331 Works

Data from: A century of sprawl in the United States

Christopher Barrington-Leigh & Adam Millard-Ball
The urban street network is one of the most permanent features of cities. Once laid down, the pattern of streets determines urban form and the level of sprawl for decades to come. We present a high-resolution time series of urban sprawl, as measured through street network connectivity, in the United States from 1920 to 2012. Sprawl started well before private car ownership was dominant and grew steadily until the mid-1990s. Over the last two decades,...

Data from: Range and niche shifts in response to past climate change in the desert horned lizard (Phrynosoma platyrhinos)

Tereza Jezkova, Jef Jaeger, Viktoria Oláh-Hemmings, K. Bruce Jones, Rafael A. Lara-Resendiz, Daniel G. Mulcahy, Brett R. Riddle & Jef R. Jaeger
During climate change, species are often assumed to shift their geographic distributions (geographic ranges) in order to track environmental conditions – niches – to which they are adapted. Recent work, however, suggests that the niches do not always remain conserved during climate change but shift instead, allowing populations to persist in place or expand into new areas. We assessed the extent of range and niche shifts in response to the warming climate after the Last...

Data from: Phylogenetic structure and host abundance drive disease pressure in communities

Ingrid M. Parker, Megan Saunders, Megan Bontrager, Andrew P. Weitz, Rebecca Hendricks, Roger Magarey, Karl Suiter & Gregory S. Gilbert
Pathogens play an important part in shaping the structure and dynamics of natural communities, because species are not affected by them equally. A shared goal of ecology and epidemiology is to predict when a species is most vulnerable to disease. A leading hypothesis asserts that the impact of disease should increase with host abundance, producing a ‘rare-species advantage. However, the impact of a pathogen may be decoupled from host abundance, because most pathogens infect more...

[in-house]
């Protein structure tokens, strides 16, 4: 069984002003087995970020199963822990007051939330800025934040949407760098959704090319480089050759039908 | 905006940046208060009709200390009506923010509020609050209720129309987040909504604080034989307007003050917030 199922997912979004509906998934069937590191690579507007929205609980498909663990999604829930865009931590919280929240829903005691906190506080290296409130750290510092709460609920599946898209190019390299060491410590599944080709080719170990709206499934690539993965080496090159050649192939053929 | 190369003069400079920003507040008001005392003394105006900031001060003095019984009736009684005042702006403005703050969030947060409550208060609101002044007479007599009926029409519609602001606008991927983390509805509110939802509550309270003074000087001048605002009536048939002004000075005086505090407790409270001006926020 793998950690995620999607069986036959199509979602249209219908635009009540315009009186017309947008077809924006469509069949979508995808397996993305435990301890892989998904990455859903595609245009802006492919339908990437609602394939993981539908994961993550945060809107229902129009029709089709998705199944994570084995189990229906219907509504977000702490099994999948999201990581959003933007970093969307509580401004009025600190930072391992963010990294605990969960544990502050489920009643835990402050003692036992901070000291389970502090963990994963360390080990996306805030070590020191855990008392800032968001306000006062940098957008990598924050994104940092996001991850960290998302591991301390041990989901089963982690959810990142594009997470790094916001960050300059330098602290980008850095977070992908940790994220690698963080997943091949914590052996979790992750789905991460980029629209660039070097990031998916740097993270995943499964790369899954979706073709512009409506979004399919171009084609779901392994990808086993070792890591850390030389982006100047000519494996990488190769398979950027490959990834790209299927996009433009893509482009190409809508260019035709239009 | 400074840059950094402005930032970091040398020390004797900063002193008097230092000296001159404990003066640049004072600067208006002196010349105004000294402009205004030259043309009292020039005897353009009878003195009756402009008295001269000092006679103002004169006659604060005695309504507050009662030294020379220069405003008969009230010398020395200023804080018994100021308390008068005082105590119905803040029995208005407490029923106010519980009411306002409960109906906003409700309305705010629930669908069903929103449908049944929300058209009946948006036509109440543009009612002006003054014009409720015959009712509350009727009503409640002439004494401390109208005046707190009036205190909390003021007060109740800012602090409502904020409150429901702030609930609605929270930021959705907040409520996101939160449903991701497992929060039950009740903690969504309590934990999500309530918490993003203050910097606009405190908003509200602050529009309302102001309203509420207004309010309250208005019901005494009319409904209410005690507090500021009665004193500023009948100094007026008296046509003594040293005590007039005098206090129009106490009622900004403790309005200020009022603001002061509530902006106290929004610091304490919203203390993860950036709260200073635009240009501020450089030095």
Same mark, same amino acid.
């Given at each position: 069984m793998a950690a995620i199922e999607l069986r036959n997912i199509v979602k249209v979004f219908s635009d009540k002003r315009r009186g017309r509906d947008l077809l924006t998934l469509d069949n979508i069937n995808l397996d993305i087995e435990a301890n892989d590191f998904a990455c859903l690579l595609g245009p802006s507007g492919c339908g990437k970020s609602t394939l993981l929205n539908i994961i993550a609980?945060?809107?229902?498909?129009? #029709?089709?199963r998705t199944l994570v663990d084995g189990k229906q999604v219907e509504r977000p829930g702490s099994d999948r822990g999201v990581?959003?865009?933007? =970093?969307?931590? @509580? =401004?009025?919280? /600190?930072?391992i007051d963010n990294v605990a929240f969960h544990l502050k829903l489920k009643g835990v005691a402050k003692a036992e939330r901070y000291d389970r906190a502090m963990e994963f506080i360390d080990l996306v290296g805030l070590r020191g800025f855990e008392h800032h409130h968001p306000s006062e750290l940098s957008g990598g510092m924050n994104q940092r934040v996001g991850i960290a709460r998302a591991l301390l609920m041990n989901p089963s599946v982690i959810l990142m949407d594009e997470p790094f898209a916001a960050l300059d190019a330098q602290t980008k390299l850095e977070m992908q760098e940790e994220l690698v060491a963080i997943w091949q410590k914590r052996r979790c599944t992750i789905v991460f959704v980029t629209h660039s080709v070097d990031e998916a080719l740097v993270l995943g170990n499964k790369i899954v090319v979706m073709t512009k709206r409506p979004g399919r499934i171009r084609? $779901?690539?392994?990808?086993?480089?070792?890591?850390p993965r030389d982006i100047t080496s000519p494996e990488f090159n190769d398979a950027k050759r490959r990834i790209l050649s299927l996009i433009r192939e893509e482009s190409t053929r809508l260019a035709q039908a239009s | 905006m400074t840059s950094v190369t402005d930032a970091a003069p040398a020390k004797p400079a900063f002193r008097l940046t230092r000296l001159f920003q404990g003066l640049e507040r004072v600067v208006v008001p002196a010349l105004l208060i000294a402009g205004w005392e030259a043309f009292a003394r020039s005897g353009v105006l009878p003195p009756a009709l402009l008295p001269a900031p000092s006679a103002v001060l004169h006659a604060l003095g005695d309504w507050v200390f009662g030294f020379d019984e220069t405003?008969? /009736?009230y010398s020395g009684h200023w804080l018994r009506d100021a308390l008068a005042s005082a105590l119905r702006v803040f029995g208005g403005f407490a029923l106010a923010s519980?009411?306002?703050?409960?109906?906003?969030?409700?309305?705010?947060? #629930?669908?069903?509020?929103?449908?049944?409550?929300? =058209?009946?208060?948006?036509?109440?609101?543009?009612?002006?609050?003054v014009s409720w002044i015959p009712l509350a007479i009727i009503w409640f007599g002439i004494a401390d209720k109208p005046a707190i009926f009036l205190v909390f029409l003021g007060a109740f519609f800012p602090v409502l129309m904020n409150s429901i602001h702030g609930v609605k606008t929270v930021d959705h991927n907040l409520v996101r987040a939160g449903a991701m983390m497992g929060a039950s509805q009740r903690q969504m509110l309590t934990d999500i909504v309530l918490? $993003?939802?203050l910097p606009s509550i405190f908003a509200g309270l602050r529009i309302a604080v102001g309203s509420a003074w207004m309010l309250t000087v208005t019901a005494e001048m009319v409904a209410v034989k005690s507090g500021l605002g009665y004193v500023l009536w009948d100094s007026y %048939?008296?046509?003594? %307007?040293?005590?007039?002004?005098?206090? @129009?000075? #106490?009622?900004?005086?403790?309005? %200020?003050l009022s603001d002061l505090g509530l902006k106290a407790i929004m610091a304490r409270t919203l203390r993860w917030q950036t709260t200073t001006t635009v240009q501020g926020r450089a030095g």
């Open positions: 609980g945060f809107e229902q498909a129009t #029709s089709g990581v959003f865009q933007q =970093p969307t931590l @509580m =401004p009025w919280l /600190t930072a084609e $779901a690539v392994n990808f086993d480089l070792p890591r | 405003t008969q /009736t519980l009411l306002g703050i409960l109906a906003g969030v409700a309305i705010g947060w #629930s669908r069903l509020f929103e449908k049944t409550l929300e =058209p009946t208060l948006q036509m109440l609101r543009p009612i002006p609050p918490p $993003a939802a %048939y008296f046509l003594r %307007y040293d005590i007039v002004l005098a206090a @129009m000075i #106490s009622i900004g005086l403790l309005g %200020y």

Data from: Host and pathogen ecology drive the seasonal dynamics of a fungal disease, white-nose syndrome

Kate E. Langwig, Winifred F. Frick, Rick Reynolds, Katy L. Parise, Kevin P. Drees, Joseph R. Hoyt, Tina L. Cheng, Thomas H. Kunz, Jeffrey T. Foster & A. Marm Kilpatrick
Seasonal patterns in pathogen transmission can influence the impact of disease on populations and the speed of spatial spread. Increases in host contact rates or births drive seasonal epidemics in some systems, but other factors may occasionally override these influences. White-nose syndrome, caused by the emerging fungal pathogen Pseudogymnoascus destructans, is spreading across North America and threatens several bat species with extinction. We examined patterns and drivers of seasonal transmission of P. destructans by measuring...

Data from: Human disturbance causes the formation of a hybrid swarm between two naturally sympatric fish species

Daniel J. Hasselman, Emily E. Argo, Meghan C. McBride, Paul Bentzen, Thomas F. Schultz, Anna A. Perez-Umphrey & Eric P. Palkovacs
Most evidence for hybrid swarm formation stemming from anthropogenic habitat disturbance comes from the breakdown of reproductive isolation between incipient species, or introgression between allopatric species following secondary contact. Human impacts on hybridization between divergent species that naturally occur in sympatry has received considerably less attention. Theory predicts that reinforcement should act to preserve reproductive isolation under such circumstances, potentially making reproductive barriers resistant to human habitat alteration. Using 15 microsatellites we examined hybridization between...